French police clamp down on prison guard protests

6th May 2009, Comments 0 comments

French prison guards have stepped up the protest as they clash with police for a second day while protesting overcrowding in French jails.

PARIS – French prison guards clashed with police for a second day on Tuesday after vowing to step up protests against overcrowded jail conditions blamed for a wave of suicides behind bars.

Anti-riot police fired tear gas at prison wardens blocking access to France's biggest jail, Fleury-Merogis outside Paris, and dismantled barricades, an AFP correspondent at the scene said.

Dozens of prison wardens blocked access to La Sante prison in Paris, prompting police to intervene, while about 100 guards used tires and wooden crates to mount barricades at Le Fresnes in the Paris area.

The prison guards launched their protest movement on Monday to press demands for more staff and better working conditions after a wave of prison suicides raised alarm about the state of France's 194 prisons.

Justice Minister Rachida Dati met union leaders in a bid to end the protests that spread to 79 jails on the first day of unrest.

But the minister, who is to leave her post in the coming weeks, was not expected to make any firm commitments.

"The correctional system has been ailing for years," said union official Christophe Marques as he headed into the meeting in Paris. "Rachida Dati has to give us an encouraging sign before she leaves her ministry."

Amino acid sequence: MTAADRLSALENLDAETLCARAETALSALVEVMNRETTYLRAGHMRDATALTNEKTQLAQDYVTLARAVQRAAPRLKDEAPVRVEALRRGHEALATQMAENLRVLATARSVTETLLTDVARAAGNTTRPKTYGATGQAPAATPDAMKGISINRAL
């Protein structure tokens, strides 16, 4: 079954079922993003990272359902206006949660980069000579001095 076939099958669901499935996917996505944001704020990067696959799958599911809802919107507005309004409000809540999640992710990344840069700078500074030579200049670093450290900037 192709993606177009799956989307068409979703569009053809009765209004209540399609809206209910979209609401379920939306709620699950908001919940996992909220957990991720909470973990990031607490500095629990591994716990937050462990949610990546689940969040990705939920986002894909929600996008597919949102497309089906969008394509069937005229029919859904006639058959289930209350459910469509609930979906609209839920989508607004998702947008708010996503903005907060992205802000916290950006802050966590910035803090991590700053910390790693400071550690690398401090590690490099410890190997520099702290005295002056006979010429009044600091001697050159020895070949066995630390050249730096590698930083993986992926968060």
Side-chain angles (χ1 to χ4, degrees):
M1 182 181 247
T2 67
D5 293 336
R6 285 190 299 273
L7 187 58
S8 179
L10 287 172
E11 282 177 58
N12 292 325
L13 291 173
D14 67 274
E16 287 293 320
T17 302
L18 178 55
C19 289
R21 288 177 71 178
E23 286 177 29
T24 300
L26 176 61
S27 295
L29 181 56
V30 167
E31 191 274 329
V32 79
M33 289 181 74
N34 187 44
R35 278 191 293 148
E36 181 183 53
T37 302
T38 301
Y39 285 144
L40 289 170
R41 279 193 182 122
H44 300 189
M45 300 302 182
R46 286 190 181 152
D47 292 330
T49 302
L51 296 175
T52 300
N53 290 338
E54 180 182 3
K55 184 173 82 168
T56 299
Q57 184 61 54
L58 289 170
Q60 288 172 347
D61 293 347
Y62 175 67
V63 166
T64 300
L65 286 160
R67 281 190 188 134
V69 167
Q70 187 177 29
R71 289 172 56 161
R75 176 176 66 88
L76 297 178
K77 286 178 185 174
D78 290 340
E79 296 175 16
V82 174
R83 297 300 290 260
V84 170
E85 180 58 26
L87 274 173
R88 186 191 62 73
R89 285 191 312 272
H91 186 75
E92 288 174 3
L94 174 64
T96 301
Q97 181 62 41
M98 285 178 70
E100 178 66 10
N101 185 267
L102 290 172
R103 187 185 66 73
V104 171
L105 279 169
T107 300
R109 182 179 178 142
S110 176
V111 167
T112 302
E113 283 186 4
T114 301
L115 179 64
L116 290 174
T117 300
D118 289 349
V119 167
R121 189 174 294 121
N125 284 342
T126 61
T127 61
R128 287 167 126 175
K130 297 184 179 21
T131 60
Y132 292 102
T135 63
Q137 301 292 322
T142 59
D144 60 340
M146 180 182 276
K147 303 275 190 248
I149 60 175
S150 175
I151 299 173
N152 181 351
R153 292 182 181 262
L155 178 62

Budget minister Eric Woerth poured cold water on the prison guards' demands, saying that between 2,000 and 3,000 extra jobs were created to bolster prison staffing this year and that there would be no more.

"I hear their demands, but there already have been some increases and I think we need to stop there," Woerth told French I-tele television.

France has some 63,351 prisoners held in decrepit prisons built to accommodate some 52,535 inmates.

There were 115 suicides among inmates last year, more than in the previous two years.

Union leaders say between 45 and 50 prisoners have already taken their own lives this year, but prison officials have refused to release figures.

There were also clashes on Tuesday at a prison in the Mediterranean city of Marseille, although guards in the northern cities of Rennes, Brest, Nantes suspended their protest pending the outcome of talks with Dati.

Union officials complained police had been heavy-handed during their clampdown on protestors on Monday, resorting to rubber bullets.

About 4,000 guards took part in the first day of demonstrations on Monday, according to union leaders, and they later voted to keep up protests until the government meets their demands.

"How can we do more with fewer staff and more inmates?" said Jean-Francois Forget from the Ufap-Unsa union.

Under French law, prison guards do not have the right to strike and many turned up for the protests on their day off.

The protest action at the jails caused trial hearings to be delayed for a few hours after defendants transferred from the prisons turned up late, in convoys under police escort.

The Council of Europe has criticised France's prison system and singled the overcrowding there as among the worst in Western Europe.

The 47-nation organisation estimates that prison suicides in France are double that of Germany and Britain and three times that of Spain.

AFP / Expatica

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